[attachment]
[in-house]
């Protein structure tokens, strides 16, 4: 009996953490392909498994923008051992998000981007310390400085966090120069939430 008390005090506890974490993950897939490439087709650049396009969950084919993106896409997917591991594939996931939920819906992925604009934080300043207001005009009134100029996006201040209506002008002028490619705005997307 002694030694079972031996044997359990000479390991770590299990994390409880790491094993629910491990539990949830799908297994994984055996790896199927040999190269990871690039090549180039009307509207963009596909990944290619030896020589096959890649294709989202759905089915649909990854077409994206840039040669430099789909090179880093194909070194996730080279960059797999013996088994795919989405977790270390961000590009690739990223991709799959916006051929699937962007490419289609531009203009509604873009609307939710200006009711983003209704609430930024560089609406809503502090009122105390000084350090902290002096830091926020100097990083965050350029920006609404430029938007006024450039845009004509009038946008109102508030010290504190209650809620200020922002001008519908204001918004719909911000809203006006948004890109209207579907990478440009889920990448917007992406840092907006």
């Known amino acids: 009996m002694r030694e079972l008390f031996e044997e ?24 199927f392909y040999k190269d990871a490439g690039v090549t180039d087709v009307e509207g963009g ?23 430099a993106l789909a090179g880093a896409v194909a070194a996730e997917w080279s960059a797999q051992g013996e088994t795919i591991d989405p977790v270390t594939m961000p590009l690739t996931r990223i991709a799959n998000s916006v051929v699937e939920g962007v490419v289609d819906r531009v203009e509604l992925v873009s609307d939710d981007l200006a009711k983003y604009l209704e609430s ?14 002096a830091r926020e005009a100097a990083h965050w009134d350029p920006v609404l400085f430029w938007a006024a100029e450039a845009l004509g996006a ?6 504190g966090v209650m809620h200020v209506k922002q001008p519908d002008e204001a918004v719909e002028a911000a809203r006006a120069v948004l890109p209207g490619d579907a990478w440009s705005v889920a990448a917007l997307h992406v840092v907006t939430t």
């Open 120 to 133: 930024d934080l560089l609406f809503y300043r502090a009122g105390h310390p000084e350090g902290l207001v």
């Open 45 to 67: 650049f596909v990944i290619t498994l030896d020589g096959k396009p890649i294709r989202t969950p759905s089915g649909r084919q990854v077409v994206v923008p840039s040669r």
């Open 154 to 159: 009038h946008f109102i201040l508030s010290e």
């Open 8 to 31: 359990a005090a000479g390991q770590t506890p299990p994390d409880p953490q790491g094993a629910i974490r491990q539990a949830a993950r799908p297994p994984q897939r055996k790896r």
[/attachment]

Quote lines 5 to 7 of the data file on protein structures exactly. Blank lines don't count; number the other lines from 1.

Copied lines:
């Open 45 to 67: 650049f596909v990944i290619t498994l030896d020589g096959k396009p890649i294709r989202t969950p759905s089915g649909r084919q990854v077409v994206v923008p840039s040669r």
């Open 154 to 159: 009038h946008f109102i201040l508030s010290e």
């Open 8 to 31: 359990a005090a000479g390991q770590t506890p299990p994390d409880p953490q790491g094993a629910i974490r491990q539990a949830a993950r799908p297994p994984q897939r055996k790896r």